to work than older ones".

I'd guess that if you do:

$ cat /etc/issue

on your Fedora system, you'll find that you have a fairly old release
(where "old" might mean "a few years old".)  The current Fedora release
is 11, Fedora 12 is supposed to be out in a few weeks, and they generally
do ~2 releases each year.

If you don't want to do a full OS update (for such a silly reason), you
might find that updating a "kernel headers" package (by some name) gives
you a more up-to-date version of the 'ldt.h' header file.

It might be possible for us to avoid this issue by defining the structure
ourselves and not depending on the header file.  We do that in a few cases,
but that kind of defeats the purpose of using header files ...


On Sat, 24 Oct 2009, Jon S. Anthony wrote:

> Hi,
>
> I'm trying to make sure I'm squared up on getting the most recent
> release for a given version and having it actually running.
>
> I'm fine with just checking out the latest (not need for update), for
> example:
>
> svn co http://svn.clozure.com/publicsvn/openmcl/release/1.3/linuxx86/ccl
>> svn.out
>
> My understanding is that this then has the latest kernel binaries and
> the latest source for the release.  But to get the latest version
> actually running, you need to rebuild ccl via (rebuild-ccl :full t).
>
> This seems to be confirmed by the output in svn.out (from the co
> command), which states that everything came over fine (all files notated
> with A or U) and is at r13098 as evidenced by these statements:
>
> "Checked out external at revision 13098."
>
> And when ccl is run, it still says it is  1.3-r11936:
>
> $ ./lx86cl
> Welcome to Clozure Common Lisp Version 1.3-r11936  (LinuxX8632)!
> ? (quit)
>
> or 
>
> $ ccl
> Welcome to Clozure Common Lisp Version 1.3-r11936  (LinuxX8632)!
> ? 
>
> OK, so this is where/when you are supposed to evaluate
> (rebuild-ccl :full t) to ensure the binaries (fasls) reflect the latest
> source that came over in the CO.  Also, since this is a fresh complete
> co, the latest kernel binaries and image to be able to do this are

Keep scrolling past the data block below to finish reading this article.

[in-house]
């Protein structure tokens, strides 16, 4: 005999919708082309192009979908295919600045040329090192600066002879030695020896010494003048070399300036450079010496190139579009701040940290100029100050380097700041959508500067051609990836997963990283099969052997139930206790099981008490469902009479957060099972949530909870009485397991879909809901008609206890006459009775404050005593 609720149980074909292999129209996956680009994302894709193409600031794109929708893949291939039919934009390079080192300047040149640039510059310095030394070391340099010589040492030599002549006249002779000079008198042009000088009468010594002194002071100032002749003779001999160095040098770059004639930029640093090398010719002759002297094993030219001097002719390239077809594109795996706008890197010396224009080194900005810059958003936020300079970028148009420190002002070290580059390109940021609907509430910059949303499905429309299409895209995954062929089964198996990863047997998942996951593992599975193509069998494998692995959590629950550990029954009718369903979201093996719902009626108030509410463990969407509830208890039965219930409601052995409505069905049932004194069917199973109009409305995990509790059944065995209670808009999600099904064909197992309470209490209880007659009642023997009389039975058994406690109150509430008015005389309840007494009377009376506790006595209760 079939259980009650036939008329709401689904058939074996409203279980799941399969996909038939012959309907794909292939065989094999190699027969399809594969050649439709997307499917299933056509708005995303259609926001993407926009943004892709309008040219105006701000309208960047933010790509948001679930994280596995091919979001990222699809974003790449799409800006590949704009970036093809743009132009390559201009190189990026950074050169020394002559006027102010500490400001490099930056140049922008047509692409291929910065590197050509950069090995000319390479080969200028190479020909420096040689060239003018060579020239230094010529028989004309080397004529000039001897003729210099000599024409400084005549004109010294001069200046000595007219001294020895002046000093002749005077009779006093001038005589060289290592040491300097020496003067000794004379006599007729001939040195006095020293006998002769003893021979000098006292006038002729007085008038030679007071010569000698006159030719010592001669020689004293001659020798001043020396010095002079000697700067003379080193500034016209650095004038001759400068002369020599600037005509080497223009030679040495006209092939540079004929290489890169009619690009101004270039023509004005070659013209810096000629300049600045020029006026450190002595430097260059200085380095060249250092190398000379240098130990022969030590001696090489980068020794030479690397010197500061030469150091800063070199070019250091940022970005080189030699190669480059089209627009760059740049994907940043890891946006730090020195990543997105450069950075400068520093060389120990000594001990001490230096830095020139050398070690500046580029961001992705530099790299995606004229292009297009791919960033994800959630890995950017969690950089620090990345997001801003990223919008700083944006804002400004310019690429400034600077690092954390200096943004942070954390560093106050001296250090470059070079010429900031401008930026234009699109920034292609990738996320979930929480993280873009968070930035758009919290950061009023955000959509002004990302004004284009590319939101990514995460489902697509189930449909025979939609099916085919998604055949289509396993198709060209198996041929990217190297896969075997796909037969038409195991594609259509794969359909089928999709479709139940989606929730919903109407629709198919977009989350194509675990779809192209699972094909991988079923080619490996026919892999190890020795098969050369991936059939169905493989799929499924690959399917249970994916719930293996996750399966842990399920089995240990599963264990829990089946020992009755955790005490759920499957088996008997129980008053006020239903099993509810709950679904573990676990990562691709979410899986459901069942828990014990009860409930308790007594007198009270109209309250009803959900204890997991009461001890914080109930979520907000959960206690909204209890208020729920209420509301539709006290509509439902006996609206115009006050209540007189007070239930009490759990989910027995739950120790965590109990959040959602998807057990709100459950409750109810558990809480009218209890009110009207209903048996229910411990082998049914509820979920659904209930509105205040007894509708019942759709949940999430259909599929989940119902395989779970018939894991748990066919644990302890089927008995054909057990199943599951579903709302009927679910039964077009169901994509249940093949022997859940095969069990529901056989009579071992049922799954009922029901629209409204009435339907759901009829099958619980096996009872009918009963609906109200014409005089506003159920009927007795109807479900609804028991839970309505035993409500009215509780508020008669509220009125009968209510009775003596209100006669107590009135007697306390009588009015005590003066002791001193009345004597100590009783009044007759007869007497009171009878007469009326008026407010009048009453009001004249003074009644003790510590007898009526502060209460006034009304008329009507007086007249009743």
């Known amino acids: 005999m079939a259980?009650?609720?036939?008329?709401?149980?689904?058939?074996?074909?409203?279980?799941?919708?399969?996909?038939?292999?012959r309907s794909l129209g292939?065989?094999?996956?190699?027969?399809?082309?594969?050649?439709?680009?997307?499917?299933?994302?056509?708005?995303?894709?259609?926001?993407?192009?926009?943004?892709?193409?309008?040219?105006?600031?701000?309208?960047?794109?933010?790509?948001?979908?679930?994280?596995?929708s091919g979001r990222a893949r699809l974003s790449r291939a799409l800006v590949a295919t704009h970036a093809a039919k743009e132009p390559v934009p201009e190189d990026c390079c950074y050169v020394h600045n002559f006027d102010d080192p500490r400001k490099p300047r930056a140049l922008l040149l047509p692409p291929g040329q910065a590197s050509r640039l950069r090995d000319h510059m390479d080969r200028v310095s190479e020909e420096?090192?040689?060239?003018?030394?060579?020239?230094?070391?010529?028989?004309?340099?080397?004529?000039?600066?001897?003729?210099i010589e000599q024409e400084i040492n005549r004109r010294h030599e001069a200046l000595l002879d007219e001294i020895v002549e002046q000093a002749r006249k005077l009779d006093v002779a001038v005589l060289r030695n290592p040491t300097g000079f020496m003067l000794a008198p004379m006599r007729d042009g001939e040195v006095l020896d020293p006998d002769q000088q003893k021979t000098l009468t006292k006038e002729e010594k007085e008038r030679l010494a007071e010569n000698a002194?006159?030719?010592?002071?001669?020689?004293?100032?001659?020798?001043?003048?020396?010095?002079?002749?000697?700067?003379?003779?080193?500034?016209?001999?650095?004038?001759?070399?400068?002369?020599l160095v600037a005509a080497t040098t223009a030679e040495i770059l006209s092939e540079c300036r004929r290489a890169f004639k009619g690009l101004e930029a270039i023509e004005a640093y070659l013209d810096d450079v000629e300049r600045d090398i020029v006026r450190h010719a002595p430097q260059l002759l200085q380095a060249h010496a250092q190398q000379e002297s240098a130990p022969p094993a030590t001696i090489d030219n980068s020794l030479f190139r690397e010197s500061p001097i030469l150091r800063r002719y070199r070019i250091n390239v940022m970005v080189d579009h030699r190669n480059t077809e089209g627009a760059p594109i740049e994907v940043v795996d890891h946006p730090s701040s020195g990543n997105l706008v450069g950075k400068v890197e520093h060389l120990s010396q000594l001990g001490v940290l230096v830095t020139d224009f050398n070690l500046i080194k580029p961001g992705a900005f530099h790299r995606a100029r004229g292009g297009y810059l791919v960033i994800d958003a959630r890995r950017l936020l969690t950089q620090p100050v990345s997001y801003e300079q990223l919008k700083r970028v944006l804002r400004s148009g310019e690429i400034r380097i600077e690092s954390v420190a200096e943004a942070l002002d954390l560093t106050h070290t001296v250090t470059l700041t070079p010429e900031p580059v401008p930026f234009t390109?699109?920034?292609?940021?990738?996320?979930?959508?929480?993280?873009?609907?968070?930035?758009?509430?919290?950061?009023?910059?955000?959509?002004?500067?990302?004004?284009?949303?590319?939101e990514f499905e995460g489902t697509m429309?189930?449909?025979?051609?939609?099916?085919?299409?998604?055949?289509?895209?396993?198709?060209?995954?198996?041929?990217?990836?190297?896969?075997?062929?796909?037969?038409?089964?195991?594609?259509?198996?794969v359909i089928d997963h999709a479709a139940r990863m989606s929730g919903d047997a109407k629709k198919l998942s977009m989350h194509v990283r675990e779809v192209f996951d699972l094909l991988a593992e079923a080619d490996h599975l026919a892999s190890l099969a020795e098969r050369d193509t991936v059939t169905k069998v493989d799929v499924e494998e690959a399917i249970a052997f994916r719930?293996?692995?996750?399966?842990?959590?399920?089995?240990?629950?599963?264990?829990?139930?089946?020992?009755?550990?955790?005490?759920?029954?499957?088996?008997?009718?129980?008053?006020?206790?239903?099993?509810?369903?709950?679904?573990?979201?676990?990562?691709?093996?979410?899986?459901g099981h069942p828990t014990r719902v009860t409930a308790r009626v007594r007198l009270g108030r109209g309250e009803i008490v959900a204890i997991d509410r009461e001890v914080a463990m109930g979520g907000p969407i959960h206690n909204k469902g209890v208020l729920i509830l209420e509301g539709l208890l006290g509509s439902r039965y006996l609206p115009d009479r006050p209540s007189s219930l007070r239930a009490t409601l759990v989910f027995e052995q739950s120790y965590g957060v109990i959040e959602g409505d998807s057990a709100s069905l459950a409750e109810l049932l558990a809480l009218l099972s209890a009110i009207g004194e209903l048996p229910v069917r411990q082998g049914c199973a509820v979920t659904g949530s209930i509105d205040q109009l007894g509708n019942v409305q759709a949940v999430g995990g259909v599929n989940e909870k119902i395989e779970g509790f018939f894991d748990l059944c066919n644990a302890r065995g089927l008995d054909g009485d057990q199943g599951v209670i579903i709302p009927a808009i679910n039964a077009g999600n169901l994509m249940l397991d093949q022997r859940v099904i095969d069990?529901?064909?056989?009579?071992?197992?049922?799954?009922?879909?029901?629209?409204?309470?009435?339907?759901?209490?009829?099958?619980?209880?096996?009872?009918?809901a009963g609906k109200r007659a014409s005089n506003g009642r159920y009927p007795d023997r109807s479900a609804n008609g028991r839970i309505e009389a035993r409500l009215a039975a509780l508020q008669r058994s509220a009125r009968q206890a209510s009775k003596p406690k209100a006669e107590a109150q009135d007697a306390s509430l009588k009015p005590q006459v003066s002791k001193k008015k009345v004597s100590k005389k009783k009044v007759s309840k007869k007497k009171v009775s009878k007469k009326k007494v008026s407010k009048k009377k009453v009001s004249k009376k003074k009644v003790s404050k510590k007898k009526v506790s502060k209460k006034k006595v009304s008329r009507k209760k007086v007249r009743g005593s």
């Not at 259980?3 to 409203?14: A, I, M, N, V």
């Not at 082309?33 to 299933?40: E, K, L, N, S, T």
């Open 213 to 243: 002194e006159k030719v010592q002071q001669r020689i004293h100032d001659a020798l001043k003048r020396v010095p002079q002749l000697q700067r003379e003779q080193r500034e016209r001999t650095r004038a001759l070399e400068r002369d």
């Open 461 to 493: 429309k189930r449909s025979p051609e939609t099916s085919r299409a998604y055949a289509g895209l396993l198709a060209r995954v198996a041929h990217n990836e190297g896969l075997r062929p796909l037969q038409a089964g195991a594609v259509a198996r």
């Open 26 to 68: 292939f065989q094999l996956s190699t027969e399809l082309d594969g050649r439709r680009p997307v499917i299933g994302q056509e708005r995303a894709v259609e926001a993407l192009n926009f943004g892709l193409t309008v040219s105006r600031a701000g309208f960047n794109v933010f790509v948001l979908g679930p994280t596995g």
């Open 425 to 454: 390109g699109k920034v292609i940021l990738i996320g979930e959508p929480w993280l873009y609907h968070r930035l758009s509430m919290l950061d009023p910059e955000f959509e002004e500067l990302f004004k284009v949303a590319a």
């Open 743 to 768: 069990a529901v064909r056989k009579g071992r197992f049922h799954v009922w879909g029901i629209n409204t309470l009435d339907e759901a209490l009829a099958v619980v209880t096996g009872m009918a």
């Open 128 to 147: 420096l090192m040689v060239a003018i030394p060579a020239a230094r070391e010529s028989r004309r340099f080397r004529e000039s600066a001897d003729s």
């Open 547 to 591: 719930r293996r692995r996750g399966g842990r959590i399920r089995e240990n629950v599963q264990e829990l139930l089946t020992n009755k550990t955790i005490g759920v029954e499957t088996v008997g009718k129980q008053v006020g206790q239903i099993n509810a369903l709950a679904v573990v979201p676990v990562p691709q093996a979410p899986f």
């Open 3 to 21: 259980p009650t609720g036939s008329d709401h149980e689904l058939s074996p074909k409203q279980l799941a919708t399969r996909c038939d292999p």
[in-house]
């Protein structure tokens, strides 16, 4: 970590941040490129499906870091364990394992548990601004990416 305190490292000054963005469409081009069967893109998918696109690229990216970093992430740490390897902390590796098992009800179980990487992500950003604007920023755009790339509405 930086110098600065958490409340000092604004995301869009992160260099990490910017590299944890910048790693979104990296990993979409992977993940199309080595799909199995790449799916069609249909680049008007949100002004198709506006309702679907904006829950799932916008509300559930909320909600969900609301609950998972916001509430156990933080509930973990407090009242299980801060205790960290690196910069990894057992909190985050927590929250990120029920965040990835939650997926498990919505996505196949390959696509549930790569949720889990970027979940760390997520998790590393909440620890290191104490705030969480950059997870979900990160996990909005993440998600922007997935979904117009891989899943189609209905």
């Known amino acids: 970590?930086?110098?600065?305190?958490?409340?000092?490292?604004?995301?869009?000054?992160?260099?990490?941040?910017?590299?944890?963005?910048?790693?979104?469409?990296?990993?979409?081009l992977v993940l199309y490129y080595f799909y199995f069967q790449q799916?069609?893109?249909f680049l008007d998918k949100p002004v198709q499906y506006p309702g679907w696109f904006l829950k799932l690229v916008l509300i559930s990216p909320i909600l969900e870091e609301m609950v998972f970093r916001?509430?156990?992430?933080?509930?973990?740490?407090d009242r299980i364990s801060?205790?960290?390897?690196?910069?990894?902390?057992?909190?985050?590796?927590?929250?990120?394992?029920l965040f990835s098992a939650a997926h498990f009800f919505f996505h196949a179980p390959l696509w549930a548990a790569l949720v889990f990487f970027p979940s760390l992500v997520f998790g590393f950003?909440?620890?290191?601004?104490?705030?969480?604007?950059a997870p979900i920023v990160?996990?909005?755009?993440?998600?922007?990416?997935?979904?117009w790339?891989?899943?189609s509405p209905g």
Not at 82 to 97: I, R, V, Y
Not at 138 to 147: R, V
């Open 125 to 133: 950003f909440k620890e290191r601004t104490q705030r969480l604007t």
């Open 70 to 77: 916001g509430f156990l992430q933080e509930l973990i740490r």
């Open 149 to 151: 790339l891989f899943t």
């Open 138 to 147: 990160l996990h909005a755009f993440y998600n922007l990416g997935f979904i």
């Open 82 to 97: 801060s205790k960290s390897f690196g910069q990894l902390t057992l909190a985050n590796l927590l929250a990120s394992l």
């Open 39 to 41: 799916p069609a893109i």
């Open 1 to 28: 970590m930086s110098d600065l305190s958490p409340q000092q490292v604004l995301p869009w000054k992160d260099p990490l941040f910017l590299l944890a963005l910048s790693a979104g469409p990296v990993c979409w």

> supposed to be there, right?  Or is this the goof up - the latest
> required binaries aren't really here??
>
> OTOH, I can't think of a reason why I actually need to rebuild the
> kernel, so maybe I don't need the :full t?
>
> This is on Fedora lx8632 box.  It has (I believe) the full gcc
> functionality available, including gcc 4.1, m4 and as (certainly, I've
> done all sorts of other C compilation and builds for all sorts of other
> things with no problems).
>
> I know you've been waiting for the but, and here it is:
>
> $ ./lx86cl
> Welcome to Clozure Common Lisp Version 1.3-r11936  (LinuxX8632)!
> ? (rebuild-ccl :full t)
> Rebuilding Clozure Common Lisp using Version 1.3-r11936  (LinuxX8632)
> ;Building lisp-kernel ...
>> Error: Error(s) during kernel compilation.
>>        make: Entering directory
> `/opt/CCL/ccl-1.3-r13098/ccl/lisp-kernel/linuxx8632'
>>        m4 -DLINUX -DX86 -DX8632 -DHAVE_TLS -I../ ../pad.s | as  --32
> -o pad.o
>>        m4 -DLINUX -DX86 -DX8632 -DHAVE_TLS -I../ ../x86-spjump32.s |
> as  --32 -o x86-spjump32.o
>>        m4 -DLINUX -DX86 -DX8632 -DHAVE_TLS -I../ ../x86-spentry32.s |
> as  --32 -o x86-spentry32.o
>>        m4 -DLINUX -DX86 -DX8632 -DHAVE_TLS -I../ ../x86-subprims32.s |
> as  --32 -o x86-subprims32.o
>>        cc -c ../pmcl-kernel.c -DLINUX -D_REENTRANT -DX86 -DX8632
> -D_GNU_SOURCE -DHAVE_TLS -DUSE_FUTEX  -g  -m32 -o pmcl-kernel.o
>>        cc -c ../gc-common.c -DLINUX -D_REENTRANT -DX86 -DX8632